Sunday, April 29, 2007
Socks - Big Honking Men's Socks
I need to find friends with smaller feet.
Actually, these are for the boy's oldest brother (recently turned 30). They were supposed to be for his birthday party (which I was invited to) but I since I didn't go (I was sick), I figured they didn't have to be done just yet. So that was about 3 weeks ago. I've seen Brother #1 (he has 4) twice since then, but I ran into one disaster after another with these socks.
To begin with, I'm not really sure what I was thinking. Men have big feet. Very big feet, particularly compared to me, the only person I've ever knit socks for. Still, I had to knit socks for him. At one point, he expressed an opinion on the construction of socks - he particularly liked reinforced heels and toes.
Take a minute to absorb that. A male, non-knitter expressed a reasonably sophisticated 0pinion on the construction of socks. This, for a knitter, is a call to arms. Or needles.
Things started well at first. I picked up some plain black Cherry Tree Hill and a new pair of size 1's (I'm brutal on those things) while I was in DC and set about knitting. When I got home, I picked up some dark grey sock reinforcement from the secondary LYS for heels and toes. I did an afterthought heel, which was totally new to me, and kind of fun. I got to the end of the first sock with little problem, except for the heel and kitchenering the toe (something I had not yet successfully done).
The second sock, though. It's not that I have second sock syndrome, I really don't. One sock doesn't do you much good (especially since wearing one sock is a particular pet peeve of mine), so it's hard to think of them as anything but a pair. But this sock was cursed.
I had missed the deadline a little, but I thought I could finish them up quickly before I saw the brother again. Not so.You may remember seeing these socks when I went to go see the Yarn Harlot. Look closely at that picture. See how many needles are in that sock? Two, with a third haphazardly pushed in. (She kindly didn't mention that.) I was knitting with a set of 5 dpns. I managed, by throwing them in bag when I went to go see the Yarn Harlot, Queen of Socks, to entirely pull out two sock needles and drop a handful of stitches. I was so frustrated after that, and didn't want to recover from that mess, that the socks sat untouched for about a week.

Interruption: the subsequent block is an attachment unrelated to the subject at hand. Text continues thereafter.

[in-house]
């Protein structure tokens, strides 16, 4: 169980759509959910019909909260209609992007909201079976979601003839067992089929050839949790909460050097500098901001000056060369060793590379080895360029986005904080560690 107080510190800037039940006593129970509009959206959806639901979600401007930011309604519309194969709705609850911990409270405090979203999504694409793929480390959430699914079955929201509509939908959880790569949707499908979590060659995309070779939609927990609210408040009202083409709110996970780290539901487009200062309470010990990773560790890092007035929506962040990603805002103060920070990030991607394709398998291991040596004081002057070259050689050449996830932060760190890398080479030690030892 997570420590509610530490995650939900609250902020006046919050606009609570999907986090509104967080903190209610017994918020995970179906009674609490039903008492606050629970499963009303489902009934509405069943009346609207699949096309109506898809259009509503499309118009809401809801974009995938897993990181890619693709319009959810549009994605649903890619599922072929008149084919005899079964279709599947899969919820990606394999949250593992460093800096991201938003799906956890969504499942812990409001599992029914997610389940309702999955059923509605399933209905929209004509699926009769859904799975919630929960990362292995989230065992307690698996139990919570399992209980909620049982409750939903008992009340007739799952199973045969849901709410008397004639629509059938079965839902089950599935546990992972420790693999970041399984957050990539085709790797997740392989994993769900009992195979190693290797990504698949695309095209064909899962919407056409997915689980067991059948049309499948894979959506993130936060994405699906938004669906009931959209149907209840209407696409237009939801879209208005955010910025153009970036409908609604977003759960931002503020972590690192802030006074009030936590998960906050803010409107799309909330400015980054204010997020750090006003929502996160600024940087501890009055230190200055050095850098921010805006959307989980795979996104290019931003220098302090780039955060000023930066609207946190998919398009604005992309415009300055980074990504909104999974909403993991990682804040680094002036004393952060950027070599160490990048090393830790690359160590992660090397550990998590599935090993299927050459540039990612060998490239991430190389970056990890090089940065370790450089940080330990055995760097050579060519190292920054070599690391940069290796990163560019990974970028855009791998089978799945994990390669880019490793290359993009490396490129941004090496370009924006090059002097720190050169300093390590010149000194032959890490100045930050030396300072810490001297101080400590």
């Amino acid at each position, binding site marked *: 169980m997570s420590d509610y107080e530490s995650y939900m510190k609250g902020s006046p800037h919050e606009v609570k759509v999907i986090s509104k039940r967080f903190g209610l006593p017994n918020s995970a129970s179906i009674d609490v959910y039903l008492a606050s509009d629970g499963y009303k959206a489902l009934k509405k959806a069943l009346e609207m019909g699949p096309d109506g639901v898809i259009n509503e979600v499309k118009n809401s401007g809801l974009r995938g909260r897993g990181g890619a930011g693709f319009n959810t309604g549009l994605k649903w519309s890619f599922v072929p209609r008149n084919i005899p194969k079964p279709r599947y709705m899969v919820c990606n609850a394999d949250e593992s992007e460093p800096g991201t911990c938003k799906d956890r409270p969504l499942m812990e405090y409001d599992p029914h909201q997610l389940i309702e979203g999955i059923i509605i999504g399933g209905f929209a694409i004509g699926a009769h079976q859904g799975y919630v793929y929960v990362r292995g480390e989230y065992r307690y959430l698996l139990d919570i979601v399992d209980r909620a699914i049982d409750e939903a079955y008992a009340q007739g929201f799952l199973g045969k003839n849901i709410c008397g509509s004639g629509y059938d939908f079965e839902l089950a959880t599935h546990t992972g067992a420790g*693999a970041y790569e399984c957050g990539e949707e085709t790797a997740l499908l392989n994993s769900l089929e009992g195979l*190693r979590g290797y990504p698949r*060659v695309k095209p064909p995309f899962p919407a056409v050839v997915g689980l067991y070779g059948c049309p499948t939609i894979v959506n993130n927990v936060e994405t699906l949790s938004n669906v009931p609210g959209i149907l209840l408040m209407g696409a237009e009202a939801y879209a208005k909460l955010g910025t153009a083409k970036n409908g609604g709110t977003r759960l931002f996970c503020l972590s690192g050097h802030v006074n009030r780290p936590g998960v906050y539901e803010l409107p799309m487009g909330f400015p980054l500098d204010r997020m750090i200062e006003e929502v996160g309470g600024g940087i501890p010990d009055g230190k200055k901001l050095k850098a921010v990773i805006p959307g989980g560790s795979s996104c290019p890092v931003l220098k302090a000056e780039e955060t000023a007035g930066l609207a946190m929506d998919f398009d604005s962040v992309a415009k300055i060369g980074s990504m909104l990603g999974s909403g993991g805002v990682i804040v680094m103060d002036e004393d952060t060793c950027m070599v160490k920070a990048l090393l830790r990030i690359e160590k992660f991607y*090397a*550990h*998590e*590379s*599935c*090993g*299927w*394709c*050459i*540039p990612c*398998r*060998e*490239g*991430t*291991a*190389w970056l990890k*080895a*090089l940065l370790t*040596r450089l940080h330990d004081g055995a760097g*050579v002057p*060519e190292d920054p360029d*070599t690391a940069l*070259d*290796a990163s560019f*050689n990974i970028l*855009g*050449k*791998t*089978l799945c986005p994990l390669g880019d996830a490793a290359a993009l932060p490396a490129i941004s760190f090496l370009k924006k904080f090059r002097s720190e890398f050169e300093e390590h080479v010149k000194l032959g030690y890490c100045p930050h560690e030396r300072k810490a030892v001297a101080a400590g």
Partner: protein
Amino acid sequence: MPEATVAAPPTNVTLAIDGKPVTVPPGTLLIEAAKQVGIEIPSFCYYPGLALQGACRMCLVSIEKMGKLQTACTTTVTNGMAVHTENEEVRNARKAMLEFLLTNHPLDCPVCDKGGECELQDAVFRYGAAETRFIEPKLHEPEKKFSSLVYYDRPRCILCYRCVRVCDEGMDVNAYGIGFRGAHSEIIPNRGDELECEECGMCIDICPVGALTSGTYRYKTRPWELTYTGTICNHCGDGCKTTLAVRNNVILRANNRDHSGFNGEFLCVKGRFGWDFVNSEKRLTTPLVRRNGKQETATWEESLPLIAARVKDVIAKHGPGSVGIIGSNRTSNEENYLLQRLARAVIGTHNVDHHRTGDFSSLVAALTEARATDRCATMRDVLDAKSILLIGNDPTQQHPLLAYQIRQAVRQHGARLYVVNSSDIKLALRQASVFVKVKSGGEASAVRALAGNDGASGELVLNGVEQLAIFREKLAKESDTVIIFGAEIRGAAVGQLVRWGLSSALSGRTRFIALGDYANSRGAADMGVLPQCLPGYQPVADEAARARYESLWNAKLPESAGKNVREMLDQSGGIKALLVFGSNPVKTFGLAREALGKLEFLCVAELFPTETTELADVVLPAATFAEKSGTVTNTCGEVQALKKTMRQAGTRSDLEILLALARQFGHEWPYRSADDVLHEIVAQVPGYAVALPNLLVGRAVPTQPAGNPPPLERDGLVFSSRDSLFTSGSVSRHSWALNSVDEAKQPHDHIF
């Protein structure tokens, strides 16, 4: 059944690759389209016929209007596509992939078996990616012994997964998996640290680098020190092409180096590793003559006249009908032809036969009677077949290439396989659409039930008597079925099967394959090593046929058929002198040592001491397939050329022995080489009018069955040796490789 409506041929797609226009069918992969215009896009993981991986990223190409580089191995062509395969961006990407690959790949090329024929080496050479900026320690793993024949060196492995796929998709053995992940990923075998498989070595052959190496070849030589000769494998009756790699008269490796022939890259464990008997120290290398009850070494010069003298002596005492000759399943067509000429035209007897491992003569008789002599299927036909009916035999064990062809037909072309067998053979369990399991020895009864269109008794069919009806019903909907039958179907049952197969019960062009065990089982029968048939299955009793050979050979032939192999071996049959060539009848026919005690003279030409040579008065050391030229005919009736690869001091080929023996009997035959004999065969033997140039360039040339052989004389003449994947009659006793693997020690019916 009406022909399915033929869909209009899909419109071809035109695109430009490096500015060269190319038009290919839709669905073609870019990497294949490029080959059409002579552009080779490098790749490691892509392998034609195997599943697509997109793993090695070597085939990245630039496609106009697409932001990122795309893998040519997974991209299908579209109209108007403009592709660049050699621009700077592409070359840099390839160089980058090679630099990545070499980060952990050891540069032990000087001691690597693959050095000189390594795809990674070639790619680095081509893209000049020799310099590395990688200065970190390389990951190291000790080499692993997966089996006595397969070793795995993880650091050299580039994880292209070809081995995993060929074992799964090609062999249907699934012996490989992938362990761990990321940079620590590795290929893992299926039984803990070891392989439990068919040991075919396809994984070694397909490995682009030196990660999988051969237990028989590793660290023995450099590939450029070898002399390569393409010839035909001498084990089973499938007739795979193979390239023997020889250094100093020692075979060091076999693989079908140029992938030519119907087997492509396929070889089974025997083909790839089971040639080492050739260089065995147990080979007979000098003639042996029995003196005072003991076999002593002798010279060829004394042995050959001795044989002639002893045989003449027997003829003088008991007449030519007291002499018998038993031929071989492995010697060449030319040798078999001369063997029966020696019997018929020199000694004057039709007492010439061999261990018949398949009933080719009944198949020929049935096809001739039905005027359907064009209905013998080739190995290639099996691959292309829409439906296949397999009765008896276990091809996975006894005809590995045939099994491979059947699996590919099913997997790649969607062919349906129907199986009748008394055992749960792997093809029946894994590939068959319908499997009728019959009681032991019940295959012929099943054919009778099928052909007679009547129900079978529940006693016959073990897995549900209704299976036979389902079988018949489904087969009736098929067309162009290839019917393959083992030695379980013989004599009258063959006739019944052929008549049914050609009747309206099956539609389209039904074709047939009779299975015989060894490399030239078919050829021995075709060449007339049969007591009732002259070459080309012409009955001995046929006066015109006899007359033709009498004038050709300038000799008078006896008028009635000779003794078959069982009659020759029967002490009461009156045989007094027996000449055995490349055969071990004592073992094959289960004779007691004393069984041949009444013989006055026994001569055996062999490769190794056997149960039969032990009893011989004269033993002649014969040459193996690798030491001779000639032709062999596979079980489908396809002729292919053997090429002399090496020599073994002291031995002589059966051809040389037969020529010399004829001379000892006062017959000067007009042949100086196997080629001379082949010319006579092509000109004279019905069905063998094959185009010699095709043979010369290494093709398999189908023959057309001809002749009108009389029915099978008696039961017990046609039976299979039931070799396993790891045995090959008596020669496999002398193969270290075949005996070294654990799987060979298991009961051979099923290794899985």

When I was done being angry with them, I started anew. It wasn't as bad as I thought. I had only dropped a few stitches, and only a few rows down. The rest hopped back on the needles without incident. Okay, I thought. I could get these done in a day.
Not so fast. I brought them with on one of my long boring shifts (they may suck, but at least I can knit at work) and was ready to go. I finished toe #2 (sans kitchenering) and hopped back onto the heel. It turns out you can work an afterthought heel just like a toe. Isn't that spiffy? I'm going to try the more complicated heels at some point, but I really the way that works. Nice symmetry. I got a little help from the Favorite Socks book, which I got with a coupon at the LBS.